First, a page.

Changing Workplaces Review

The Ministry of Labour recently completed a comprehensive, independent review in Canada regarding how to strategically change elements of labour and employment law based on changes that have been occurring in the workplace and economy over time. The 419-page Changing Workplaces Review report calls for changes to the Employment Standards Act and Labour Relations Act, which includes some of the items discussed above (though not the issue of minimum wage).


Other items include paying an equal rate of pay for part-time as full-time staff, ensuring it is feasible for employees to unionize, and preventing employers from inappropriately try to classify workers who seem to be employees as independent contractors.


Although the report is very much focused on improving rights for employees and improving employees’ ability to assert their rights, there may be unintended consequences. As above, employers will get the sense that they will be faced with drastically increased costs as the result of the multitude of legislative changes. As such, companies may begin to strategize about how to eliminate jobs, enhance technology to replace certain work currently performed by humans, and/or reduce employees’ hours.


As such, although there appears to be a bright future for the enhancement of employee rights, employers may still control how much you are able to work, and may eliminate jobs to control costs. As above, you must be ready for anything, including more competition from other job seekers who are offering more skills. Although the proposed reforms to Ontario’s employment and labour legislation reflect progress for workers, it is conceivable that businesses put under more pressure will feel constrained in their ability to invest in human and physical capital needed for the province’s long-term prosperity. Employers will do everything in their power to protect the company’s revenue, even where this strategy is short sighted.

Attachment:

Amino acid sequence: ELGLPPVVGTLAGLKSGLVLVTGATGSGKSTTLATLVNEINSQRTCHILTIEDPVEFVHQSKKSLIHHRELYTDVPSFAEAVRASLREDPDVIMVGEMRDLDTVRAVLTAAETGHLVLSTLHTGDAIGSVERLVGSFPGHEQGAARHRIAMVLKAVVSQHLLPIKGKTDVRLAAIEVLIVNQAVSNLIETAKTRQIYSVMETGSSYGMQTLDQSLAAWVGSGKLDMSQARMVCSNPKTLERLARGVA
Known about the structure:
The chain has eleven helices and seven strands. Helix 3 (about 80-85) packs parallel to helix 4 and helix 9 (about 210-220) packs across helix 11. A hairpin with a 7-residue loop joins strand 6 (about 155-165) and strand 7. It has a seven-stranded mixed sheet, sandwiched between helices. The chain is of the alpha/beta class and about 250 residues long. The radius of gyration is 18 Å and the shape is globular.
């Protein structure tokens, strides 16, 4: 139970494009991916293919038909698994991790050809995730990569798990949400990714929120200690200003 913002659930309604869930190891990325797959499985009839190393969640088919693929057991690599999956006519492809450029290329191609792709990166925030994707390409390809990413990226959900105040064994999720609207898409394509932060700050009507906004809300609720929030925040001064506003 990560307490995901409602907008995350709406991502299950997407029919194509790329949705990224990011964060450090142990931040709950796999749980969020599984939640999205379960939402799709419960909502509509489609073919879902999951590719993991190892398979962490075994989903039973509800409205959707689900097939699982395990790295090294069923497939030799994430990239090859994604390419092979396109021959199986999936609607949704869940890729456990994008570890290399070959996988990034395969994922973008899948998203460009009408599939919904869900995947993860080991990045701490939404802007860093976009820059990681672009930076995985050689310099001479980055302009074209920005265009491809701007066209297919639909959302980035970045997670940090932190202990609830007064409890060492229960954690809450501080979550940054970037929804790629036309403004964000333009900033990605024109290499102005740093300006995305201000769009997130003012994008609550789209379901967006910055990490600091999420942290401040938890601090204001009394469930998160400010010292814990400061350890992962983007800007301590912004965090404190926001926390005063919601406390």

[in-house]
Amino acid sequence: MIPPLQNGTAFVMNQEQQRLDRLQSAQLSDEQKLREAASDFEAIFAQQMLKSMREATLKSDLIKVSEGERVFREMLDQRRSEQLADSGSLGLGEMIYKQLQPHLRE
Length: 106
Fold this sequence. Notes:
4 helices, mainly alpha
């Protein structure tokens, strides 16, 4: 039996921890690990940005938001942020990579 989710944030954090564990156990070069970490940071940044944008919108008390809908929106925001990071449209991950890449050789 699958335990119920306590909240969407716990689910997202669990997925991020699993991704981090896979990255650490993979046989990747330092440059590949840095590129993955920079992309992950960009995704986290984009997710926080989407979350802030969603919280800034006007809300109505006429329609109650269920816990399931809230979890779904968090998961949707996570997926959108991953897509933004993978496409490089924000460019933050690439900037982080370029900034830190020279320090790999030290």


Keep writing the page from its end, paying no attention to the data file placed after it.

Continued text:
If you are laid off and you have already been struggling to budget or you are carrying student loan or credit card debt, panic may ensue. It is wise to build an emergency fund with some of the extra money that you earn in the event of job loss.


If You Are Struggling with Debt, Contact a Licensed Insolvency Trustee

If you are carrying credit card or other debt, and are at the same time trying to get by on a minimum wage salary, living on a budget can feel nearly impossible. A lack of certainty as to your job stability can make this more stressful. Contact a Licensed Insolvency Trustee in Ontario from Harris & Partners today. If you are concerned about your ability to manage your debt, contact us to arrange your free consultation with an experienced licensed insolvency trustee. Don’t delay. Call us at 1-800-268-8093 today. We have offices in Toronto, Oshawa, Markham, and across Southern Ontario.